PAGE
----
JavaScript creator Eich: My take on 20 years of the world's top programming language

JavaScript creator Brendan Eich charts the programming language's life from Mosaic to Internet Explorer and Chrome.
Written by Liam Tung, Contributing Writer

A newly published paper by Brendan Eich, CEO of Chromium-based browser Brave and the key designer of JavaScript, looks back at two decades of the definitive programming language for the web, browsers and, increasingly, native mobile and desktop apps. 

Anyone developing for the web must know JavaScript, one of the top three programming languages, along with Java and Python, whose popularity has surged due to the rise of machine learning. 

Eich, a co-founder of Firefox-maker Mozilla, and his co-author, Allen Wirfs-Brock – a key author of the ECMAScript specification for JavaScript – detail the long and winding history of JavaScript and the web since 1995 under the influence of Microsoft, Mozilla, Netscape, and Oracle. 

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The paper was completed in March and published in this month's edition of the Association of Computing Machinery (ACM) Journal, which provides a retrospective on key programming languages, including JavaScript, C++, F#, Fortran, Objective-C, and Clojure.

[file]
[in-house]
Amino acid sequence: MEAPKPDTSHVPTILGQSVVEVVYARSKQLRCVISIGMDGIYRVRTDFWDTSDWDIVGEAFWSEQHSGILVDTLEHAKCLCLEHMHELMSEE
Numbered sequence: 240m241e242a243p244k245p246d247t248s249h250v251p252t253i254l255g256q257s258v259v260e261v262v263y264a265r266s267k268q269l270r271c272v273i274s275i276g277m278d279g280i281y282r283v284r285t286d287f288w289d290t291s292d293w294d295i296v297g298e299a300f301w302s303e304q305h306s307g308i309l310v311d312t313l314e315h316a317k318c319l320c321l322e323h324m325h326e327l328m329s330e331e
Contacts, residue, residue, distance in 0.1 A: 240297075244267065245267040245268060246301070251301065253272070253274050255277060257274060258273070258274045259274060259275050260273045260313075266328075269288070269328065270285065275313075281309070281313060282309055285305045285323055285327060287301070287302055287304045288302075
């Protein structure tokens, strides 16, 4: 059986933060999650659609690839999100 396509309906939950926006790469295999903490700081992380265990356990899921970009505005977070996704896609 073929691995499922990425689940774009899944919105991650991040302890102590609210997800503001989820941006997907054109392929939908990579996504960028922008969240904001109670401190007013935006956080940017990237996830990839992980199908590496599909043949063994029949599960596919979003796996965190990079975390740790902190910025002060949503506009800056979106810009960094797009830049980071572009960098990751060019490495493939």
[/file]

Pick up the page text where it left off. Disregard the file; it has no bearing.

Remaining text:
Besides the evolution of JavaScript, the paper offers a who's who of the early web and what led to today's Chromium-dominated web, which now includes Microsoft's Chromium-based Edge or 'Chredge' browser

The paper is from Eich's perspective after joining Netscape in 1995, shortly after Microsoft offered to buy the company. He then created a Unix version of Mocha, the precursor to JavaScript. 

The tale also features his take on input from the web's 'father' Tim Berners-Lee, Netscape co-founder, Marc Andreessen, who co-authored the first browser, Mosaic, Sun co-founder Bill Joy, and Microsoft co-founder, Bill Gates.   

One fun fact is that the JavaScript trademark name, which was originally registered by Sun Microsystems, today remains under Oracle's control, which acquired Sun in 2009, giving it Java

Potential trademark issues also explain why JavaScript standard ECMAScript – which Microsoft's widely-used TypeScript supports – doesn't include the term 'JavaScript'.  

"The trademark was originally registered by Sun Microsystems, and as of the date of this paper the registration is owned by Oracle Corporation. The trademark was licensed by Sun to Netscape and later to the Mozilla Foundation," the pair write.  

"Netscape and Mozilla have used names such as JavaScript 1.4 to describe specific versions of their implementations of the language. Some implementors of the language have used other names to avoid possible trademark issues. 

"Because of the multiple names, the trademark issues, and the confusion with Java, many contemporary users, book authors, and tool implementors simply call the language JS, and 'js' is commonly used as a file extension for JavaScript source code."